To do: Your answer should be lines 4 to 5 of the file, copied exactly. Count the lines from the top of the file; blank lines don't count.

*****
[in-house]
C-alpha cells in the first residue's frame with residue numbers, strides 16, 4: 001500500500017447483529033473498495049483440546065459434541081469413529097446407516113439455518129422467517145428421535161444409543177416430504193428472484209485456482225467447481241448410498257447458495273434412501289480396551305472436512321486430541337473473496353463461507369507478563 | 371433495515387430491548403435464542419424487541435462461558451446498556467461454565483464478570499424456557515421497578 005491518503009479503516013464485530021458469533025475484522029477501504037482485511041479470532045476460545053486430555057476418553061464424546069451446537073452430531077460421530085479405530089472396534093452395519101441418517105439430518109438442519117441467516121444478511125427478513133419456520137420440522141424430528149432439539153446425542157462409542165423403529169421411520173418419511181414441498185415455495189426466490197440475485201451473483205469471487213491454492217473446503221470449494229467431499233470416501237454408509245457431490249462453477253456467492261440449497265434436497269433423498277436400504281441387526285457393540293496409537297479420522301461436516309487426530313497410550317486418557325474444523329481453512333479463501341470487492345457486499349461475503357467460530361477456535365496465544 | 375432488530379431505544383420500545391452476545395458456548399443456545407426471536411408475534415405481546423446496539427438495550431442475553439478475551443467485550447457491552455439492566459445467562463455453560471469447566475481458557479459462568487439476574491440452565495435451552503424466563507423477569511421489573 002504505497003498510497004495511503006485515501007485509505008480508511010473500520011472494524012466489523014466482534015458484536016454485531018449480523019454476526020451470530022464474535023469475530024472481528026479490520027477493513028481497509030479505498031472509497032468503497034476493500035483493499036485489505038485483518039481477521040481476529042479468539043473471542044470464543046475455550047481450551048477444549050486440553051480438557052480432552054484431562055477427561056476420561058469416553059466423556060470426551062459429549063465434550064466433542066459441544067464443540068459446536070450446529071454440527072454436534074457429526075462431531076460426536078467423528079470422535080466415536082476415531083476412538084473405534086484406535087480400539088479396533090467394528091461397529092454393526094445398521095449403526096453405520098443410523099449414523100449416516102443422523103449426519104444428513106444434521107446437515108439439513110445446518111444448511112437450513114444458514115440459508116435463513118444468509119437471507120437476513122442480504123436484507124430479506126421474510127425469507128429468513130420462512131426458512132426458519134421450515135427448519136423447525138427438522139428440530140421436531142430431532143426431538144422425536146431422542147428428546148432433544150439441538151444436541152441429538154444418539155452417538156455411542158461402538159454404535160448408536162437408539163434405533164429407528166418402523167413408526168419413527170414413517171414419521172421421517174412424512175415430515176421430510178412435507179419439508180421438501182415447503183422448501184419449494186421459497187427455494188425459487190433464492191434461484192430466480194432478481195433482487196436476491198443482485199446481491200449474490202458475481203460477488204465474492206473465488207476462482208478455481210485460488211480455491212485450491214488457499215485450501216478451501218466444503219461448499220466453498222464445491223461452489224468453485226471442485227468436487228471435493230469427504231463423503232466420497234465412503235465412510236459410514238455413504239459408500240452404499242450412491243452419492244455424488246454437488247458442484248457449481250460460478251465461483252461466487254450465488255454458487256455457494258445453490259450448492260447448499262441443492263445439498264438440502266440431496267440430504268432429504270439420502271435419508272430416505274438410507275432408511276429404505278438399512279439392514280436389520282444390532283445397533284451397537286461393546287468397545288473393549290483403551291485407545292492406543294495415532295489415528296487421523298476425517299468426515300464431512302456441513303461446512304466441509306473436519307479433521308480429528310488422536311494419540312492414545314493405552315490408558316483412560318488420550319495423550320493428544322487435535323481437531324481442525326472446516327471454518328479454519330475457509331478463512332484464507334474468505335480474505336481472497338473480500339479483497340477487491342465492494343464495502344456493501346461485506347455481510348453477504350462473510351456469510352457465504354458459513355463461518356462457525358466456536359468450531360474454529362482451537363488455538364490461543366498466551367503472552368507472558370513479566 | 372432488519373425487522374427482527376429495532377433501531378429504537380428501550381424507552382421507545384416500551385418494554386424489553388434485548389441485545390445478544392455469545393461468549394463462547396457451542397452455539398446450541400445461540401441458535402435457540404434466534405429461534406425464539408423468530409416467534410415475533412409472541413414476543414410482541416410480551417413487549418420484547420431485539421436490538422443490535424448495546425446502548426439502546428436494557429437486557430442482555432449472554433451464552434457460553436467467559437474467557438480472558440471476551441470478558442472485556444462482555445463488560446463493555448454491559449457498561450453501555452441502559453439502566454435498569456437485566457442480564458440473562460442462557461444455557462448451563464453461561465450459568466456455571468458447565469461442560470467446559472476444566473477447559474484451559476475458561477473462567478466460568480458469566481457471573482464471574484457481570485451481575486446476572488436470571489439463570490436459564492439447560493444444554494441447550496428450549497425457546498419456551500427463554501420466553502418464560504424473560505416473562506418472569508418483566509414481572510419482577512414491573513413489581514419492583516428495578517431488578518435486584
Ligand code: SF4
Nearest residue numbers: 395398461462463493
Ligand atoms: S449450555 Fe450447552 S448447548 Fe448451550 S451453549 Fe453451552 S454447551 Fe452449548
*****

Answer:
Nearest residue numbers: 395398461462463493
Ligand atoms: S449450555 Fe450447552 S448447548 Fe448451550 S451453549 Fe453451552 S454447551 Fe452449548